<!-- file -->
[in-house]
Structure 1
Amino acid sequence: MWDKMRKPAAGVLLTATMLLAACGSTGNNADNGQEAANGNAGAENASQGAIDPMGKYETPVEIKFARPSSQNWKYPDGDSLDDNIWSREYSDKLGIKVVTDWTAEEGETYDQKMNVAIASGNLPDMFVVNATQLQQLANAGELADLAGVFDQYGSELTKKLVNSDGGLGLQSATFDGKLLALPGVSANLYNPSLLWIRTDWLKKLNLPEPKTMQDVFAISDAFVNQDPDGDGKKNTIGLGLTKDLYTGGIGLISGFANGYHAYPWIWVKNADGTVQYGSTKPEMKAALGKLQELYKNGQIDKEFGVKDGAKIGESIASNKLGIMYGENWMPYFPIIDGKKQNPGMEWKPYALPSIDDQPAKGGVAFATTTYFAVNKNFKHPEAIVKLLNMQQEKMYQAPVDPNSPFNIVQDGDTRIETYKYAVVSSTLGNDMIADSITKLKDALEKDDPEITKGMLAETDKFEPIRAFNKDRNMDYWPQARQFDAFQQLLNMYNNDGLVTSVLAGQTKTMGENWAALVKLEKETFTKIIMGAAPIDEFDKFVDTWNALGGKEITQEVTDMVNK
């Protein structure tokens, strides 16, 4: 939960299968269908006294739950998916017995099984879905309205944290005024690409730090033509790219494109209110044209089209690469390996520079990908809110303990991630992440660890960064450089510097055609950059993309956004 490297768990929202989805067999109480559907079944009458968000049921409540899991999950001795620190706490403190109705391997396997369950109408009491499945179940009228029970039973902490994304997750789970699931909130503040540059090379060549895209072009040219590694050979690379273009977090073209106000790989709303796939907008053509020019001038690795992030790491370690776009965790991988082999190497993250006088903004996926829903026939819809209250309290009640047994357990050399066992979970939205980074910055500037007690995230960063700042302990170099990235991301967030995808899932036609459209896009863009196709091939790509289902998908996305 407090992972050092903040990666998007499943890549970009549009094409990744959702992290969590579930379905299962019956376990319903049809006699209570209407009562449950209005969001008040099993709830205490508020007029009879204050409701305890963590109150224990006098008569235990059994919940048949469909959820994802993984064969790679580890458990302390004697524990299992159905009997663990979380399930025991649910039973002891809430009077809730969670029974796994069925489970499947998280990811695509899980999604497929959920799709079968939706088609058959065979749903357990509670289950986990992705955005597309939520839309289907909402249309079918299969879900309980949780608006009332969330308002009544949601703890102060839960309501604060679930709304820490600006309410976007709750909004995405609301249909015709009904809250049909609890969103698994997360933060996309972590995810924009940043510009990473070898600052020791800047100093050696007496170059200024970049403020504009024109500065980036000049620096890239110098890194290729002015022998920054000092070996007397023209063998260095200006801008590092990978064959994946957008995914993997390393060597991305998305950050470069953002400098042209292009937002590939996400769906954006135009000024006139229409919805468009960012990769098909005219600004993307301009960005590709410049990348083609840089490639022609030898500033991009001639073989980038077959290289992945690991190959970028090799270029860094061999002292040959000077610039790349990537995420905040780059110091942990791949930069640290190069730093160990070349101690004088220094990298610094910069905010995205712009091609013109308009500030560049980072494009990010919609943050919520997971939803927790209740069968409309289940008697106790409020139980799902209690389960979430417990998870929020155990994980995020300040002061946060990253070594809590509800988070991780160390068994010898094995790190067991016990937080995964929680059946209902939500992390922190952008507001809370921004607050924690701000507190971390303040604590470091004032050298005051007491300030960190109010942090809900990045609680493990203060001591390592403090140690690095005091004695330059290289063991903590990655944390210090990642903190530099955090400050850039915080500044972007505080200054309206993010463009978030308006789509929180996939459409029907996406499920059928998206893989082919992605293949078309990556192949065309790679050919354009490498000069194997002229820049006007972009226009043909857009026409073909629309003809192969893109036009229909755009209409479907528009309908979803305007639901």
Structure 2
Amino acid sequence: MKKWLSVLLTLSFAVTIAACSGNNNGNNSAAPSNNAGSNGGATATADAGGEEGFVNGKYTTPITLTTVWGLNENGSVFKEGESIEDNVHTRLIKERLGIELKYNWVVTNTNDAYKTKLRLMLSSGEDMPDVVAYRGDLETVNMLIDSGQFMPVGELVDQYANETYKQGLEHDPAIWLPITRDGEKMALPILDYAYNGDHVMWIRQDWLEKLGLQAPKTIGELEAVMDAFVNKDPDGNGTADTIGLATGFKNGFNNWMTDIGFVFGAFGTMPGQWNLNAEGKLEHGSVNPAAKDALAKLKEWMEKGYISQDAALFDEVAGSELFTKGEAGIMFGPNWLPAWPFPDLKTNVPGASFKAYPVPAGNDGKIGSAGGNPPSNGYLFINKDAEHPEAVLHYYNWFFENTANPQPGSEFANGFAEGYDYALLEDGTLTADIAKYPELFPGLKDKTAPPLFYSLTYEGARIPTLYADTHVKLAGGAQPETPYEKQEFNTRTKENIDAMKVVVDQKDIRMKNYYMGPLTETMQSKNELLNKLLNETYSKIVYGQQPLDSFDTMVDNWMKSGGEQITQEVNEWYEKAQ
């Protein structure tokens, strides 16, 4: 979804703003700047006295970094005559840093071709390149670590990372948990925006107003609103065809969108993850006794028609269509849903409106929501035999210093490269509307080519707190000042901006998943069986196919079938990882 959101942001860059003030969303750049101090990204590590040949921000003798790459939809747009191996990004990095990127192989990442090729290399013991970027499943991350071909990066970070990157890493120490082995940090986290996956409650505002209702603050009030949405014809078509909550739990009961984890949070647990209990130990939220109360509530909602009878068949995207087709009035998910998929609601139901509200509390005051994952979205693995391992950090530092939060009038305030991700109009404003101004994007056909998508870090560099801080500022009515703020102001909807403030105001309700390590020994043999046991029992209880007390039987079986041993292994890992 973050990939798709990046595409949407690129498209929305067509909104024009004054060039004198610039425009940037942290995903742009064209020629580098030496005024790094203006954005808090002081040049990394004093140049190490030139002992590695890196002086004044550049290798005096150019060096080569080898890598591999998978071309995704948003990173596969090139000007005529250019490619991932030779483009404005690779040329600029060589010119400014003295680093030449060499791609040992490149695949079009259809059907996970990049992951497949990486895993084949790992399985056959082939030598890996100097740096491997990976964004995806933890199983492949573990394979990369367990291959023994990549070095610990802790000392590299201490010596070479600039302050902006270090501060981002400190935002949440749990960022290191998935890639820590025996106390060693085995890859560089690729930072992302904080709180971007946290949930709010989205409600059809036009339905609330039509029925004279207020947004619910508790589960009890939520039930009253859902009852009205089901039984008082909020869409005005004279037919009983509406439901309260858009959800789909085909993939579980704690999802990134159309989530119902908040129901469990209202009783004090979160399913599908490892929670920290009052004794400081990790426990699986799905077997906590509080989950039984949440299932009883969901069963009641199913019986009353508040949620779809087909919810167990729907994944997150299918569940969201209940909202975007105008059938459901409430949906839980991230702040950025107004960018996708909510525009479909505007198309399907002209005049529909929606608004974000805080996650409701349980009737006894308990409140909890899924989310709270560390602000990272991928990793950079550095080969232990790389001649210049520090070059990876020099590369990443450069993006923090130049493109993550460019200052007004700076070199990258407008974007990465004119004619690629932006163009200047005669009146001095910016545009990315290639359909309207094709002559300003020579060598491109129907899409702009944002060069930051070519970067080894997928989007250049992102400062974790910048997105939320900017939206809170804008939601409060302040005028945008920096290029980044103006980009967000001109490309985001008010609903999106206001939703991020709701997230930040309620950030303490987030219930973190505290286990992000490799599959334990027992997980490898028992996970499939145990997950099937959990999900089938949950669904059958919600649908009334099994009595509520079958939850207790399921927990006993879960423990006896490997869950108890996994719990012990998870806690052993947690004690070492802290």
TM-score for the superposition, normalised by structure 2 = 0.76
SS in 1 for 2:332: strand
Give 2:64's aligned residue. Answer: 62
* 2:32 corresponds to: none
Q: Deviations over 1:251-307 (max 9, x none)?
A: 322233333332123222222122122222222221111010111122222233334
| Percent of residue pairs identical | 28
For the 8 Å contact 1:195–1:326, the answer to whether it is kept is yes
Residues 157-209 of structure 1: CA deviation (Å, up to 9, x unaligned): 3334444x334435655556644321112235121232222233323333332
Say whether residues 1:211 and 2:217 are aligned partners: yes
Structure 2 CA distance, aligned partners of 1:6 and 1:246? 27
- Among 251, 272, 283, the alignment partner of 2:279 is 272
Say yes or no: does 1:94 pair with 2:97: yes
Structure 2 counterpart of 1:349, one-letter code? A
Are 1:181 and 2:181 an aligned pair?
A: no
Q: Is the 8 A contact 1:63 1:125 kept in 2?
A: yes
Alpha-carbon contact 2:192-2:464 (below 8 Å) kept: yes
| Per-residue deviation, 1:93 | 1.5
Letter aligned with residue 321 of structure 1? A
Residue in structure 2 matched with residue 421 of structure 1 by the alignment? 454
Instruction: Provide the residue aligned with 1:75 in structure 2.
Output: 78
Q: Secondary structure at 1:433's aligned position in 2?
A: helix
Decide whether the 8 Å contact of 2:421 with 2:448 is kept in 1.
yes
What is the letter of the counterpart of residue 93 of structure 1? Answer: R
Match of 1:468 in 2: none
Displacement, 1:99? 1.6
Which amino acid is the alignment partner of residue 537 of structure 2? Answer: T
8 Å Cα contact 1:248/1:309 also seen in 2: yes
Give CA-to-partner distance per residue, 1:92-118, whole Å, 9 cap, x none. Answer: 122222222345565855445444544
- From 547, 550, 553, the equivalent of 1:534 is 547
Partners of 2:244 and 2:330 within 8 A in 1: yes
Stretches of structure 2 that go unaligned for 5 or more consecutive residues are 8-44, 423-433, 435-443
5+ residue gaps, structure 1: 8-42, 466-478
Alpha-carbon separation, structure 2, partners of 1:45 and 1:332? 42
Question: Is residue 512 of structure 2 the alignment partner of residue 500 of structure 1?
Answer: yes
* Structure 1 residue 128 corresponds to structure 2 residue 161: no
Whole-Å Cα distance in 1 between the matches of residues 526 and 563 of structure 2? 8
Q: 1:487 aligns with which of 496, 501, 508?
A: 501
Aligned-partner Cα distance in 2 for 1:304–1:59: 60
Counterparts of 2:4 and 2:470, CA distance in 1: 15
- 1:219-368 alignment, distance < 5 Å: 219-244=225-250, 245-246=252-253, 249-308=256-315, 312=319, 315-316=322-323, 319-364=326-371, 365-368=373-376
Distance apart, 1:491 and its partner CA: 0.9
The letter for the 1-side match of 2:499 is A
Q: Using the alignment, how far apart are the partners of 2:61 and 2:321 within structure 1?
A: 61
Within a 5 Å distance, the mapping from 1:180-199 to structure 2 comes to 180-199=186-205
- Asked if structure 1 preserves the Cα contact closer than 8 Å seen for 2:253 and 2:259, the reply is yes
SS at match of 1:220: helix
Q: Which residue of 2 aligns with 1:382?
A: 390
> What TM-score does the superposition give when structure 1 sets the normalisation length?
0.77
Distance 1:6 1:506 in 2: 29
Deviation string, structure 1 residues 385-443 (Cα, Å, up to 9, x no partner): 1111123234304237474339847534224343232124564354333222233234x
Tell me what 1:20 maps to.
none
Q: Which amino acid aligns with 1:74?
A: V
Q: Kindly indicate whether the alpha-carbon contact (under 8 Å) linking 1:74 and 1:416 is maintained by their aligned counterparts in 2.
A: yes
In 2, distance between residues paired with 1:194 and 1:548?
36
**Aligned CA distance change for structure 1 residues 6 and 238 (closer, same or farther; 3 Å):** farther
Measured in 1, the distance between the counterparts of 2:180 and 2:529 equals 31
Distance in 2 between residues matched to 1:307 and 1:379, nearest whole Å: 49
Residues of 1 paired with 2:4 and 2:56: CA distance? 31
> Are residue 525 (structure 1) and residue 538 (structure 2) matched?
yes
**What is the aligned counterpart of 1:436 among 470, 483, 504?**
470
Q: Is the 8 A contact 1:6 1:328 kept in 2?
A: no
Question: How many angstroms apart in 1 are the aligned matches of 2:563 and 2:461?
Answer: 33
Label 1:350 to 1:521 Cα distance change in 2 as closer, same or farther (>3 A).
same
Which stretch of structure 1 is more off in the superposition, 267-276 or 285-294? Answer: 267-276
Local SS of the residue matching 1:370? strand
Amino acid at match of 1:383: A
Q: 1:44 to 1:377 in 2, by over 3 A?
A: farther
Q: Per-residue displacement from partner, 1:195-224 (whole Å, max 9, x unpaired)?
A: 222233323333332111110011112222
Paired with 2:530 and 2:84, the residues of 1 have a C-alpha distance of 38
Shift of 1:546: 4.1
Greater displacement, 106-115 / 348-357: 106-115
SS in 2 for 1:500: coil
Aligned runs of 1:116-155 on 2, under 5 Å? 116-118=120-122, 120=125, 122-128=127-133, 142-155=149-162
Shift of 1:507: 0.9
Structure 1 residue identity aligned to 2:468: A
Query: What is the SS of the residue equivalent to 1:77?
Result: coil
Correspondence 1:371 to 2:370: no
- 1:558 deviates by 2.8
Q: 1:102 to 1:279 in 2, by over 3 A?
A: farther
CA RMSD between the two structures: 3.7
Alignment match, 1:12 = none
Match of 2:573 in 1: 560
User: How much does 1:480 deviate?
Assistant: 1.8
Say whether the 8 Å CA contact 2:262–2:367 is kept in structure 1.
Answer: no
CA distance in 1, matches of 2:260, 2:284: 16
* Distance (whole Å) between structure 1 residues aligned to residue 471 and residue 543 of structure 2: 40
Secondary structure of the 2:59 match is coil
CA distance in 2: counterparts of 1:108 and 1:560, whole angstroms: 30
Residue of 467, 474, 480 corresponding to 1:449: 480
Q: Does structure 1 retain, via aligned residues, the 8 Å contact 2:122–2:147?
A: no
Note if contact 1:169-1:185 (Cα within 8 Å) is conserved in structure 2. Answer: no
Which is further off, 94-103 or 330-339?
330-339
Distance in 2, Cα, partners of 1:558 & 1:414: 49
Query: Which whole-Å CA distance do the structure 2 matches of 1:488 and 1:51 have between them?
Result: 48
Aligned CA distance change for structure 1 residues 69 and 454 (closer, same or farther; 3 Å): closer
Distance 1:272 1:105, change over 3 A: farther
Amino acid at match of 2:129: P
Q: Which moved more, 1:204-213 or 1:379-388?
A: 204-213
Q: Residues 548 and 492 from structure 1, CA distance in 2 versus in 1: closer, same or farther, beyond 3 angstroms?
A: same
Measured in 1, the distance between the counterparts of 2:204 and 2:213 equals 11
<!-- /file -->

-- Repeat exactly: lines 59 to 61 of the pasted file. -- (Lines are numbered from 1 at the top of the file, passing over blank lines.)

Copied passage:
A: 61
Within a 5 Å distance, the mapping from 1:180-199 to structure 2 comes to 180-199=186-205
- Asked if structure 1 preserves the Cα contact closer than 8 Å seen for 2:253 and 2:259, the reply is yes